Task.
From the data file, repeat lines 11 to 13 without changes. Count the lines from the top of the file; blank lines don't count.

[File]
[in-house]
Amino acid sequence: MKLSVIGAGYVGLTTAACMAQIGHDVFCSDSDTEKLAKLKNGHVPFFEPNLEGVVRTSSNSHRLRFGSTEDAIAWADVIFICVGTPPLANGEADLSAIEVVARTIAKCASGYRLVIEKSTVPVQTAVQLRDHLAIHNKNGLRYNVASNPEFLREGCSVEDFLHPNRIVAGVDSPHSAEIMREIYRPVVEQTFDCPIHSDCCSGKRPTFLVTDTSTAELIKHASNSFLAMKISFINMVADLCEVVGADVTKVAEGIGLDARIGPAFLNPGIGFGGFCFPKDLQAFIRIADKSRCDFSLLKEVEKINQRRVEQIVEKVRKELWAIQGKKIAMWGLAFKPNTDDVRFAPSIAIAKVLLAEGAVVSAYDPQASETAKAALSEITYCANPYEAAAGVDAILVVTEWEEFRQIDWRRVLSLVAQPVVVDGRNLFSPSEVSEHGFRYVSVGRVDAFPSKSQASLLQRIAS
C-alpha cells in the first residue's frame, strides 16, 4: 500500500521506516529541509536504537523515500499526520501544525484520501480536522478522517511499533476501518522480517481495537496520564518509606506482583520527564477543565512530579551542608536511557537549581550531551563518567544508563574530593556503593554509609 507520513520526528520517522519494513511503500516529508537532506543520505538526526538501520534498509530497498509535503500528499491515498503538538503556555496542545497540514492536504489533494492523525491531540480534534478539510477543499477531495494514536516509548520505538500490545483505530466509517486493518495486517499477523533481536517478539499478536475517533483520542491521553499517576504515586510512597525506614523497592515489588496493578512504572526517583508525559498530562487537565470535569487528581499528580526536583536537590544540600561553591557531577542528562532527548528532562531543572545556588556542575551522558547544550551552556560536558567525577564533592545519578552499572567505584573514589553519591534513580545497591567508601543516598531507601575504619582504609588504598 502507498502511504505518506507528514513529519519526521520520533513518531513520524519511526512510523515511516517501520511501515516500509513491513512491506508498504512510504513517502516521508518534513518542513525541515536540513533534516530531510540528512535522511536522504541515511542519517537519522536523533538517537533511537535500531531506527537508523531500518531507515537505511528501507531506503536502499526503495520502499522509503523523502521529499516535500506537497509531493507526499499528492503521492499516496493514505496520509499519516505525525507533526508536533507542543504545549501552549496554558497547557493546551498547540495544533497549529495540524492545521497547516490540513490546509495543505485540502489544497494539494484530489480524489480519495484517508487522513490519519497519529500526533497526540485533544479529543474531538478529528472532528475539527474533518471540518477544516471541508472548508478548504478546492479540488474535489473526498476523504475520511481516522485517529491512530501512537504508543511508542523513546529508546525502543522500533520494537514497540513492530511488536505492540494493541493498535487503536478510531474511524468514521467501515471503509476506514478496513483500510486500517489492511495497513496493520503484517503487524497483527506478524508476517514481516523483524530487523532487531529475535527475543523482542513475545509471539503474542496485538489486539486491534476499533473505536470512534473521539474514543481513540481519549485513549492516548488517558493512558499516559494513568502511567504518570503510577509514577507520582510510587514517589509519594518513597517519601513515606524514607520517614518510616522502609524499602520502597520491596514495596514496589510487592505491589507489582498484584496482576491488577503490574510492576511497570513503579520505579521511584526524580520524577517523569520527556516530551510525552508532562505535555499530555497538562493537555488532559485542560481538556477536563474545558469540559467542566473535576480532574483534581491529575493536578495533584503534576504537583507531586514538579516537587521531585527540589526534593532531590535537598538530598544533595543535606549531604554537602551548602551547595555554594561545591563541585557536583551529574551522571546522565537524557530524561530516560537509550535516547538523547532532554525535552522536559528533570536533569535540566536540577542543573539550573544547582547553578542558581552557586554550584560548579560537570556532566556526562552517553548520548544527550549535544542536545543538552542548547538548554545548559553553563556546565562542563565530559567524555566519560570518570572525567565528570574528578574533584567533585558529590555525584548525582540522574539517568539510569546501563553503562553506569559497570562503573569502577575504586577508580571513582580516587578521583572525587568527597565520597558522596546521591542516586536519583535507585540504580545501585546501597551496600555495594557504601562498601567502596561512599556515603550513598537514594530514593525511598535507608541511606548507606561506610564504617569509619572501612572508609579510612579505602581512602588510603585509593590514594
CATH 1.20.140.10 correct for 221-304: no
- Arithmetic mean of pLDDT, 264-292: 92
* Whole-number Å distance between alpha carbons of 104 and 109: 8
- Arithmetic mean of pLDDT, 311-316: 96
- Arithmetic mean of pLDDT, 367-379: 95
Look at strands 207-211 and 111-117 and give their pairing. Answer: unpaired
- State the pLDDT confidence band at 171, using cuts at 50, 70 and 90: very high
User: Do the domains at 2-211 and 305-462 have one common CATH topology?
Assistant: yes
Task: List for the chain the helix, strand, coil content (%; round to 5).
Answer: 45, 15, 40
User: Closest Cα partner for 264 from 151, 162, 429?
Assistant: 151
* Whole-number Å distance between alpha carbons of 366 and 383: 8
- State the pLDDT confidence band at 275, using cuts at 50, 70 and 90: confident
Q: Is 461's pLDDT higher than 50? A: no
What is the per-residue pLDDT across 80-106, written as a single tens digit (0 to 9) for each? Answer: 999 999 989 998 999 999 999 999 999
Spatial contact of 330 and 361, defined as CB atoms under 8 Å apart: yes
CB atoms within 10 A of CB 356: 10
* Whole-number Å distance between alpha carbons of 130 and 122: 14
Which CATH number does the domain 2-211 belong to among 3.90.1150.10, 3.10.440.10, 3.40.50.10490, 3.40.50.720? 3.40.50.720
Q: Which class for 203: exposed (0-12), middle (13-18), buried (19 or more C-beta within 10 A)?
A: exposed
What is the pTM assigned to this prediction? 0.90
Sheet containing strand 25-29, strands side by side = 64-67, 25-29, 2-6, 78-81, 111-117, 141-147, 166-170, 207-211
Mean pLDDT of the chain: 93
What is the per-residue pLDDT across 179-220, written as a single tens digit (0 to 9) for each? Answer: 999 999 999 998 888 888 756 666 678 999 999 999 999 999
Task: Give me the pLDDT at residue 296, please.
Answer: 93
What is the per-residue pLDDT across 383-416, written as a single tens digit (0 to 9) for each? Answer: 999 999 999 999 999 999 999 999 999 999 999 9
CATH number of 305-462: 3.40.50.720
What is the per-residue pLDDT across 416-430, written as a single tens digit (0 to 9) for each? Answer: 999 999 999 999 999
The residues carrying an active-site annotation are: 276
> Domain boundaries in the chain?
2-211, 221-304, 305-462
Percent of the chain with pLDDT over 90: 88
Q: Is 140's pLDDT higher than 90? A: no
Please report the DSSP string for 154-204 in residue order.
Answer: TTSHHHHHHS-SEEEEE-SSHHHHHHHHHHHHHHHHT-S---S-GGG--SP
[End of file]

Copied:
User: Do the domains at 2-211 and 305-462 have one common CATH topology?
Assistant: yes
Task: List for the chain the helix, strand, coil content (%; round to 5).